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Bob Willis Trophy

Declaration bowling: ‘An insult to first-class cricket’ or a justifiable tactic?

by Jack Butler 2 minute read

The Bob Willis Trophy match between Leicestershire and Durham saw Leicestershire turn to declaration bowling as both counties tried to force a result on the final day.

Declaration bowling is one of the most complex cricket oddities; it is a way to force a win, even if it looks like you’re doing everything to lose.

The infamous tactic, which has its detractors, sees the fielding side deliberately bowl ‘badly’ so that the batting side can score at a quicker rate. What looks on the surface as a bowling spell straight off a village green, is in fact taken from the highest level of English domestic cricket [you can watch Leicestershire’s example below]. Ironically, a tournament named after a such a legendary bowler saw Leicestershire bowling intentionally badly to force a result. It’s important to note this is not just Leicestershire batsmen bowling pies out of rain-inflicted boredom, this is two counties doing everything to force a result.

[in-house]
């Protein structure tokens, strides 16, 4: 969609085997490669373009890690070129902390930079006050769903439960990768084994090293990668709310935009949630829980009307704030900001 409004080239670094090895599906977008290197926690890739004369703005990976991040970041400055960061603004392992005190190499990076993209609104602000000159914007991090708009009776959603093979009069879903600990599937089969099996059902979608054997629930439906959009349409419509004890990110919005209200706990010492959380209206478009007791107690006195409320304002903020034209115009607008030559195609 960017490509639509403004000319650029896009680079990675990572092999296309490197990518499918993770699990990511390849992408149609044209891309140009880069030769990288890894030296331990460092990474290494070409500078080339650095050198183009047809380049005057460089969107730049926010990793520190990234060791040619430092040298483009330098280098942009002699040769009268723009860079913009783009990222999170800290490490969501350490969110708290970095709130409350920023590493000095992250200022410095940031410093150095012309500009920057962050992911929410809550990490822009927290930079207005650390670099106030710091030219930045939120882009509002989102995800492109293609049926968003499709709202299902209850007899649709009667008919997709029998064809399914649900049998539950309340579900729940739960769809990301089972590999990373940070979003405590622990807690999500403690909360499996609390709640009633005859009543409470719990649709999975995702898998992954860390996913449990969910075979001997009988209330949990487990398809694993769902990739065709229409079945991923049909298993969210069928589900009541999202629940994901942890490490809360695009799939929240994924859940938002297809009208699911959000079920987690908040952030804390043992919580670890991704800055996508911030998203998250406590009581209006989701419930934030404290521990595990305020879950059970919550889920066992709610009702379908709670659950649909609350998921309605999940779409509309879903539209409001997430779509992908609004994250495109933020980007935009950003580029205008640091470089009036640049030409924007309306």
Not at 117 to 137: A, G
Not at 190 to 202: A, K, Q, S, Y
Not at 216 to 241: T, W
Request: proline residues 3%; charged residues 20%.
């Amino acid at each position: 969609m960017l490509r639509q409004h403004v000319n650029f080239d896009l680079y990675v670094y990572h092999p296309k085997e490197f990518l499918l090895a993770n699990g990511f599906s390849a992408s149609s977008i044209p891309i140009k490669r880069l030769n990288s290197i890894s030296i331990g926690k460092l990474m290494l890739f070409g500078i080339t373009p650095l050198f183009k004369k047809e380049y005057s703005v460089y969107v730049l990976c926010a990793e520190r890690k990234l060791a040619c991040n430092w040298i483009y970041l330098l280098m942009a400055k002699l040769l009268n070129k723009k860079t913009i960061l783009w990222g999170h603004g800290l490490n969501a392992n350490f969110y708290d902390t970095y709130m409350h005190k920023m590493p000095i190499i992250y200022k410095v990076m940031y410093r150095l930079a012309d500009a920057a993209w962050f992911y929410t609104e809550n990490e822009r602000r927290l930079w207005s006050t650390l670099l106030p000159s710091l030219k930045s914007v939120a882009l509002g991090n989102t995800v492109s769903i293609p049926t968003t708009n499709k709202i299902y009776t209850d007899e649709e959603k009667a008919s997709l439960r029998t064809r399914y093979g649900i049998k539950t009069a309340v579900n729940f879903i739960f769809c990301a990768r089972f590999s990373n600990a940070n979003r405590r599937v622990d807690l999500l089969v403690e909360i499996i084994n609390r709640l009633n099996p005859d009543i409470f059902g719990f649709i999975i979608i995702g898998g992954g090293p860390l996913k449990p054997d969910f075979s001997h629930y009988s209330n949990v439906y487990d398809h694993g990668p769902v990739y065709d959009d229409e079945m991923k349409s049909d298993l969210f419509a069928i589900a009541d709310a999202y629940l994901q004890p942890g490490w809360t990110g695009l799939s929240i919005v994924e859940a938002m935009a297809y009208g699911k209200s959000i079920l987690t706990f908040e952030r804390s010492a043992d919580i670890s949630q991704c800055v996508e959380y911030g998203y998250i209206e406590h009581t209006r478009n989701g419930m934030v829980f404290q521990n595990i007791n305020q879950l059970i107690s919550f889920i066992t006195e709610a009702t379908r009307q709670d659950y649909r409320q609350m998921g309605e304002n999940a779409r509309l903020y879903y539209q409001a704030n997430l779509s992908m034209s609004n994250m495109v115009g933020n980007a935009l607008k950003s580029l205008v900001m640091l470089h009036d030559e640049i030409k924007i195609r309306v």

And before further rain brought a premature end to the day, the declaration bowling seen in the morning very nearly forced the result that Leicestershire were after. After being set 292 to win, they found themselves 208-3 before a heavy shower ended the game.

Rain delays at the Fischer County Ground meant that after four days there was no chance of all four innings being completed and for both Leicestershire and Durham, a draw is useless.

As only two of the three group winners progress to the final and with no threat of relegation looming over them, a draw is worth little for either side if they want to progress. To force a result, both sides forfeited an innings each and turned the game into what was effectively a one innings match. If it were not for the adverse weather in the final session, the ploy may well have brought Leicestershire an all-important win.


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